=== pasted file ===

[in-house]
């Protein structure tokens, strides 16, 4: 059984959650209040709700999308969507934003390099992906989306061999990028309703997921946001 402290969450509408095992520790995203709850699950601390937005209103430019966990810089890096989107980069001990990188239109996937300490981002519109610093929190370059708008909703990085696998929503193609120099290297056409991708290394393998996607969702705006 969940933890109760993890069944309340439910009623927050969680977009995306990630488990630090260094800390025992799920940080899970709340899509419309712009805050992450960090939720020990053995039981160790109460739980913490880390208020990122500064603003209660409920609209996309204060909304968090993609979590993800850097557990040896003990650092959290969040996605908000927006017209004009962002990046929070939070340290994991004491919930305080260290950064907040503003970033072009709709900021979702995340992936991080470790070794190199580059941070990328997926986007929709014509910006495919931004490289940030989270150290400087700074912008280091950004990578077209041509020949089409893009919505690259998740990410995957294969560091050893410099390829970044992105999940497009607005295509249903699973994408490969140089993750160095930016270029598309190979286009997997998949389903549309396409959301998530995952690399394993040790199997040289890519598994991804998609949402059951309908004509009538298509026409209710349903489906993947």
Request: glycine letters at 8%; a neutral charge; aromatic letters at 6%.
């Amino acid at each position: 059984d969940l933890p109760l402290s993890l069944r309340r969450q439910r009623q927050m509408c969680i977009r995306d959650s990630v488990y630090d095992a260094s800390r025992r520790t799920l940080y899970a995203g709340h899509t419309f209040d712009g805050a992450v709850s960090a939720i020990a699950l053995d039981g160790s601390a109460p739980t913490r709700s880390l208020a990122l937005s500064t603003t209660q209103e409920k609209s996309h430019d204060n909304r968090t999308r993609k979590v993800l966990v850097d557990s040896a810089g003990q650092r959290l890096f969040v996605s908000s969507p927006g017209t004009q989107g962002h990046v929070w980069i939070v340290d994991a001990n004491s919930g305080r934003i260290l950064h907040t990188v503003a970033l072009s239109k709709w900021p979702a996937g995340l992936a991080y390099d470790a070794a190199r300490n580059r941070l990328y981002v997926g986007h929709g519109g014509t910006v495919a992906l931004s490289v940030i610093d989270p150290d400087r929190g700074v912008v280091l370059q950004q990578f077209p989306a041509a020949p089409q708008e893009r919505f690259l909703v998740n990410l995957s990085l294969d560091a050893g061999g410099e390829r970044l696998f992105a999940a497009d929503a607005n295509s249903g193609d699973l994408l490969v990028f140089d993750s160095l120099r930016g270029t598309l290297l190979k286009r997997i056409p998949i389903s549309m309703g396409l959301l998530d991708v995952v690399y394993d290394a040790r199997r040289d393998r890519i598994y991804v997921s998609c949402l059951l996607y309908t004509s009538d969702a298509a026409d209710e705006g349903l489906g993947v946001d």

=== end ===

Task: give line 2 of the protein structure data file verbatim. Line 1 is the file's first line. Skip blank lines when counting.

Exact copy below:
């Protein structure tokens, strides 16, 4: 059984959650209040709700999308969507934003390099992906989306061999990028309703997921946001 402290969450509408095992520790995203709850699950601390937005209103430019966990810089890096989107980069001990990188239109996937300490981002519109610093929190370059708008909703990085696998929503193609120099290297056409991708290394393998996607969702705006 969940933890109760993890069944309340439910009623927050969680977009995306990630488990630090260094800390025992799920940080899970709340899509419309712009805050992450960090939720020990053995039981160790109460739980913490880390208020990122500064603003209660409920609209996309204060909304968090993609979590993800850097557990040896003990650092959290969040996605908000927006017209004009962002990046929070939070340290994991004491919930305080260290950064907040503003970033072009709709900021979702995340992936991080470790070794190199580059941070990328997926986007929709014509910006495919931004490289940030989270150290400087700074912008280091950004990578077209041509020949089409893009919505690259998740990410995957294969560091050893410099390829970044992105999940497009607005295509249903699973994408490969140089993750160095930016270029598309190979286009997997998949389903549309396409959301998530995952690399394993040790199997040289890519598994991804998609949402059951309908004509009538298509026409209710349903489906993947």